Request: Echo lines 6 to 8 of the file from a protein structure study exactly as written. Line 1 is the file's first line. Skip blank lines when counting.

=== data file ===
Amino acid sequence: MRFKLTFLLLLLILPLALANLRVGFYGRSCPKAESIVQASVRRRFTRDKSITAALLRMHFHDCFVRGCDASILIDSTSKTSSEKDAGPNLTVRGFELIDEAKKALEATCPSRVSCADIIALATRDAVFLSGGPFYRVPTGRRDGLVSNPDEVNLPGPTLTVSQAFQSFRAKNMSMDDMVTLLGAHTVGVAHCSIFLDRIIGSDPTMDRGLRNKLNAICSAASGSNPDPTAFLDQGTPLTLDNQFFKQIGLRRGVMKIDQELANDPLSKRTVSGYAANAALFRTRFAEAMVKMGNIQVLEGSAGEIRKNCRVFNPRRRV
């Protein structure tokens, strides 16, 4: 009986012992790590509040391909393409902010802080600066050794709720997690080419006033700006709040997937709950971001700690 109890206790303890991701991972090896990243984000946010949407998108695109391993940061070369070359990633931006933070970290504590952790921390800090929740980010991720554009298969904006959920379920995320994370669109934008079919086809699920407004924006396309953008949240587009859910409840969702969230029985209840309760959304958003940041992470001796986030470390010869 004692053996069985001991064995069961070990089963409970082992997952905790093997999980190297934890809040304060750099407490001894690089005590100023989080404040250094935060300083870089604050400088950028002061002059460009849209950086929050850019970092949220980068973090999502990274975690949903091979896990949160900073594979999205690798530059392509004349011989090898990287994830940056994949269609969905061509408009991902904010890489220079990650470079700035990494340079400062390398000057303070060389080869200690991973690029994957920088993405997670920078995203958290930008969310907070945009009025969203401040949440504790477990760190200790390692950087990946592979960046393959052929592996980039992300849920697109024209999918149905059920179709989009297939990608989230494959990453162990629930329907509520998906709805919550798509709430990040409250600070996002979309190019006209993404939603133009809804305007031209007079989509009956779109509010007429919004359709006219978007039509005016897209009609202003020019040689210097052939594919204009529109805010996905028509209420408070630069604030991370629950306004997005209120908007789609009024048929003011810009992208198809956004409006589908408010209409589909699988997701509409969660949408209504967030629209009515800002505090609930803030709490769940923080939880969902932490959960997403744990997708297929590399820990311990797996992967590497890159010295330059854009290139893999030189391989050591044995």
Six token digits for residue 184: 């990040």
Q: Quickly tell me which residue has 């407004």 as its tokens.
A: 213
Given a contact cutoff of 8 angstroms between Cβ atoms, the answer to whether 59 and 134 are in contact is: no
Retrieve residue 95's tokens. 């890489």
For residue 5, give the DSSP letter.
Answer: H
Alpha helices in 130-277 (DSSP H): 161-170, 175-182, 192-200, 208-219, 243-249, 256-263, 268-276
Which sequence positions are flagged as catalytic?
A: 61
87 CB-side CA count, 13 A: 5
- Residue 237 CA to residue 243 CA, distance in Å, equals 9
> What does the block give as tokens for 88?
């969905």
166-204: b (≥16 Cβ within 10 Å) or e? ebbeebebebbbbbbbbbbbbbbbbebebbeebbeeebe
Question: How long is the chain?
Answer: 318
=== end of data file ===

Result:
Given a contact cutoff of 8 angstroms between Cβ atoms, the answer to whether 59 and 134 are in contact is: no
Retrieve residue 95's tokens. 């890489």
For residue 5, give the DSSP letter.